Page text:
There are thousands of cafes and bistros in Paris and every traveler over time finds their favorite. However, one stands out in the city made for the gastro-adventurer. Actually, it is more than one, and they are all from the vision of one man, Yves Camdeborde.
After many years in Michelin starred restaurants, Yves Camdeborde broke away and kicked off a new brand of cafes that would bring the high level of food to a wider audience. In 1992, he opened La Régalade in the 14th arrondissement where Camdeborde began what we know today as the bistronomie movement. In 2005 he would purchase a hotel and restaurant in the heart of the Odéon district and the rest, as they say, is history.
From the beginning, the lines ran down the street, so Camdeborde had an idea to open a small wine bar next door. It was first opened as just a small place to grab a glass of wine and a bite before sitting down (thus the name L’Avant Comptoir). Reservations were not taken and even Anthony Bourdain called it the hardest table to get in Paris. Therefore, the wine bar was the perfect answer. A little over 20 feet long, the counter and kitchen filled the area and offered four food items, crepes and take-away sandwiches and of course the amazing collection of charcuterie. It eventually expanded into the space we know today; the crepes and sandwiches would disappear and the menu would expand over the long ceiling. Now there are two L’Avant Comptoir: mer and terre.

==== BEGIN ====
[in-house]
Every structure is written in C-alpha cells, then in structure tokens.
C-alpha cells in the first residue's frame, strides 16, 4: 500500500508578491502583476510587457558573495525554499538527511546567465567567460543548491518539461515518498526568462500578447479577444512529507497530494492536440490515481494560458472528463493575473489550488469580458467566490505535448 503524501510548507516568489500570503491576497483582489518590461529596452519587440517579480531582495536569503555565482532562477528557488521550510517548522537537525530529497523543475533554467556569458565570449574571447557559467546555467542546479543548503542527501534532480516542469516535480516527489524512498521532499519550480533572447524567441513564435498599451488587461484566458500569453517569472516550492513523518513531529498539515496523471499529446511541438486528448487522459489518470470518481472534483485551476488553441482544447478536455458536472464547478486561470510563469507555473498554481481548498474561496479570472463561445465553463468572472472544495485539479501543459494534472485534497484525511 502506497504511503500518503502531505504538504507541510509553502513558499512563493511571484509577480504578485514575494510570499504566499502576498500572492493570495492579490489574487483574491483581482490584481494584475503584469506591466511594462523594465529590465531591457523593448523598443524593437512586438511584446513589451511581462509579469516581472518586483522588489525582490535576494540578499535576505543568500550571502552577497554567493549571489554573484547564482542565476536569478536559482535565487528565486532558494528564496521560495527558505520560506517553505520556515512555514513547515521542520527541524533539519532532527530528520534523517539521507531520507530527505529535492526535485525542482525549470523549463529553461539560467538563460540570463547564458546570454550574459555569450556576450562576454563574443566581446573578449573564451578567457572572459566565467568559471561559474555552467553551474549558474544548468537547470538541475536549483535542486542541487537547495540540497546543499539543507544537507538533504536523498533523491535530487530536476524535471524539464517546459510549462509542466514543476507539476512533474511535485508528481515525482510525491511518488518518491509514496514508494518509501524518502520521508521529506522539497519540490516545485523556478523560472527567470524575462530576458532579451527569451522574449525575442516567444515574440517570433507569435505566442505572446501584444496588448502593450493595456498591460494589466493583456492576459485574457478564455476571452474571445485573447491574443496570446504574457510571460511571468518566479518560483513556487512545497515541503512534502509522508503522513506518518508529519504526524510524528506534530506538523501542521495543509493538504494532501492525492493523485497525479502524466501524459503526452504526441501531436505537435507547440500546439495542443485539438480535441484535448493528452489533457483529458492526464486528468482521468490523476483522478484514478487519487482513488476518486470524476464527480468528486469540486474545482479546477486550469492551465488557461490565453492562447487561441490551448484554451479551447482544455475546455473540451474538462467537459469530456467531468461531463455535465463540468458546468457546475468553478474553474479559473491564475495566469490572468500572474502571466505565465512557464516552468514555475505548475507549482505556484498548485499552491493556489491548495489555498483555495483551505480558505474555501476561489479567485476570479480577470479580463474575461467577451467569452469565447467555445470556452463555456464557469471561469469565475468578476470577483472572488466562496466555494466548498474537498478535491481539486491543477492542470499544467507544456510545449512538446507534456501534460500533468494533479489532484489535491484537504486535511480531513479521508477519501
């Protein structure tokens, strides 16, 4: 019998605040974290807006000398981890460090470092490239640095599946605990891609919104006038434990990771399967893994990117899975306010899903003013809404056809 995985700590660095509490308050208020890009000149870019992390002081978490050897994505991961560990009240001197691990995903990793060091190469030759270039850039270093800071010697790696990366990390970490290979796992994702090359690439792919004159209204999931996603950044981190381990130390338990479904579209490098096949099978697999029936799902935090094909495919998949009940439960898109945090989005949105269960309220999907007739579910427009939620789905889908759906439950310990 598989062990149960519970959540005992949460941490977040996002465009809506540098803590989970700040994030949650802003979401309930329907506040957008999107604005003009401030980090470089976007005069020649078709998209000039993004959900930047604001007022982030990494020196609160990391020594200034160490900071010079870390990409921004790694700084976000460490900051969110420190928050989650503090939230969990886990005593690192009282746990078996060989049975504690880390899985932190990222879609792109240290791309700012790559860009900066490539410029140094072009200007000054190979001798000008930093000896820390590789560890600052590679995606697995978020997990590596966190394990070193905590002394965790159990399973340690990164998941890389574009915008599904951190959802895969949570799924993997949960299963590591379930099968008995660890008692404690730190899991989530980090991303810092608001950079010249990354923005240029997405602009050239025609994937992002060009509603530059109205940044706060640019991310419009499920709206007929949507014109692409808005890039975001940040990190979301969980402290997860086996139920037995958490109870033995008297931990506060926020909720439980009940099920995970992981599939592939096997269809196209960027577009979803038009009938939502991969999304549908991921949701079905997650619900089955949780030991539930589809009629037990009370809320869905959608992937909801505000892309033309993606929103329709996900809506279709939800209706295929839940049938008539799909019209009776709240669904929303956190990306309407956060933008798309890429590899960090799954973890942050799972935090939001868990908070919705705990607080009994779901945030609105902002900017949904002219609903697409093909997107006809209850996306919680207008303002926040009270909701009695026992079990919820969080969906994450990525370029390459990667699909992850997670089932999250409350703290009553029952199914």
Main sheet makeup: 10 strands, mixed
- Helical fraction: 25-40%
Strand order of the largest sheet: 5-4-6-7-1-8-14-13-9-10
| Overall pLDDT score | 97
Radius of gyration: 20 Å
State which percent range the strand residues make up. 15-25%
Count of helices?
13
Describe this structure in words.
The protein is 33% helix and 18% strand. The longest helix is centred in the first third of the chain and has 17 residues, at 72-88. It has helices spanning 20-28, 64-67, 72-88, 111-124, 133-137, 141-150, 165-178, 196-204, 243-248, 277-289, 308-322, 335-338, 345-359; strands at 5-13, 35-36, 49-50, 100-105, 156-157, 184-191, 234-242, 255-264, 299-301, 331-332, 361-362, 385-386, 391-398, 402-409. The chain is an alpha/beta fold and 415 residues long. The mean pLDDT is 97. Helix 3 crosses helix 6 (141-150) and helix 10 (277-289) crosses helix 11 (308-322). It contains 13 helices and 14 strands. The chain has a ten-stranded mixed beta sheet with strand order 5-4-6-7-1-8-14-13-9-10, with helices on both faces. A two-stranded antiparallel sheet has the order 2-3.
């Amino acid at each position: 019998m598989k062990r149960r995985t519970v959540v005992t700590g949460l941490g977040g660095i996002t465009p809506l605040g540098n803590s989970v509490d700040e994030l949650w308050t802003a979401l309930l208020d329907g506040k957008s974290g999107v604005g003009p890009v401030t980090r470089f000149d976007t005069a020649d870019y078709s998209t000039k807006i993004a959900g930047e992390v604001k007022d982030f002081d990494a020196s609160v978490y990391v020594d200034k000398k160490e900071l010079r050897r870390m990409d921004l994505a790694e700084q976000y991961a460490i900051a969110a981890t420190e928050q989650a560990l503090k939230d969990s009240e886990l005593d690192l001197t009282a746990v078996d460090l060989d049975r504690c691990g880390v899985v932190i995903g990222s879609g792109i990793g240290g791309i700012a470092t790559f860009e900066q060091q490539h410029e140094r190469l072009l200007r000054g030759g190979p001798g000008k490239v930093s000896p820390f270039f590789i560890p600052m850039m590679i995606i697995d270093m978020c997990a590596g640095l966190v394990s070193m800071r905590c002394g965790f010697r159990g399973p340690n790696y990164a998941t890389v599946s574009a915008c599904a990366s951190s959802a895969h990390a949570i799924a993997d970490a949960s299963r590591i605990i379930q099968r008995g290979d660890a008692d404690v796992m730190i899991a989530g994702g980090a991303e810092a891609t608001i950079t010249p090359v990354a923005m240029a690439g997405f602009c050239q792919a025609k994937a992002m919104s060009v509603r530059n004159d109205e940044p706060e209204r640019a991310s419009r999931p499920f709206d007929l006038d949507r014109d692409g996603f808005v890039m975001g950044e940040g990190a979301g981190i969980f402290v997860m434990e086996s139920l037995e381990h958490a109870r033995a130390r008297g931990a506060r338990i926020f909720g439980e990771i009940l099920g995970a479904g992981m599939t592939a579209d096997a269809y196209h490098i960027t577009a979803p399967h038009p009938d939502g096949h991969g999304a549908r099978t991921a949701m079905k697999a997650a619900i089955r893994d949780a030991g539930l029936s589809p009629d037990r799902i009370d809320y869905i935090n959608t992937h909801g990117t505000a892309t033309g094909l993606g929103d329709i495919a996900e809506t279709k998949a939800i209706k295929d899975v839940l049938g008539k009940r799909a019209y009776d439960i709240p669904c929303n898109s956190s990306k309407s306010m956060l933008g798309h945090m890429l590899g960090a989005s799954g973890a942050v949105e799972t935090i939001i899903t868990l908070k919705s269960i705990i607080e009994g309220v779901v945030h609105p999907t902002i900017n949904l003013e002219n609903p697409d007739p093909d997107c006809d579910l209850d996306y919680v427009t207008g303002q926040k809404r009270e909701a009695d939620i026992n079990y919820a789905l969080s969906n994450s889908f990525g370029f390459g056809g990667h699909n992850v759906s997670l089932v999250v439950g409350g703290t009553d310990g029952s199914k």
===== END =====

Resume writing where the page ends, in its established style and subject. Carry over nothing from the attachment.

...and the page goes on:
One just needs to look up at the heavenly assortment of small plates to sustain your hunger. While L’Avant Comptoir de la Terre is of the earth, it is heavy on the pork products and the beloved pig can be seen at every turn. There’s also duck, beef, fish and, when later in the night you need a little deep fried snack, they have you covered. I can never get enough of the Brochette Foie Gras Piquillos; the seared foie gras paired with the roasted peppers and balsamic reduction will change your life. Every time I am there and people look confused, I offer my assistance in ordering and always point them in that direction. There has never been a person that has not fallen in love with it.
However, there is even more. While the Louvre has over 35,000 pieces of art on display the task of seeing it all is impossible, one may have the same feeling at l’Avant Comptoir. With over 120 tiles on the ceiling, many of which are rich and decadent, it could take just as long to try every one of them. Add in the specials that change each day that always feature an item that includes a “show”. The recent Planche Brûlée available with beef or tuna arrives on a small baking sheet raw, topped with fresh sprigs of thyme. With a warning to stand back, a blowtorch appears and this is when the magic happens. While the torch cooks the meat, the thyme is torched and the wonderful scent fills the air as it also imparts its flavor into the steak, which is perfectly cooked.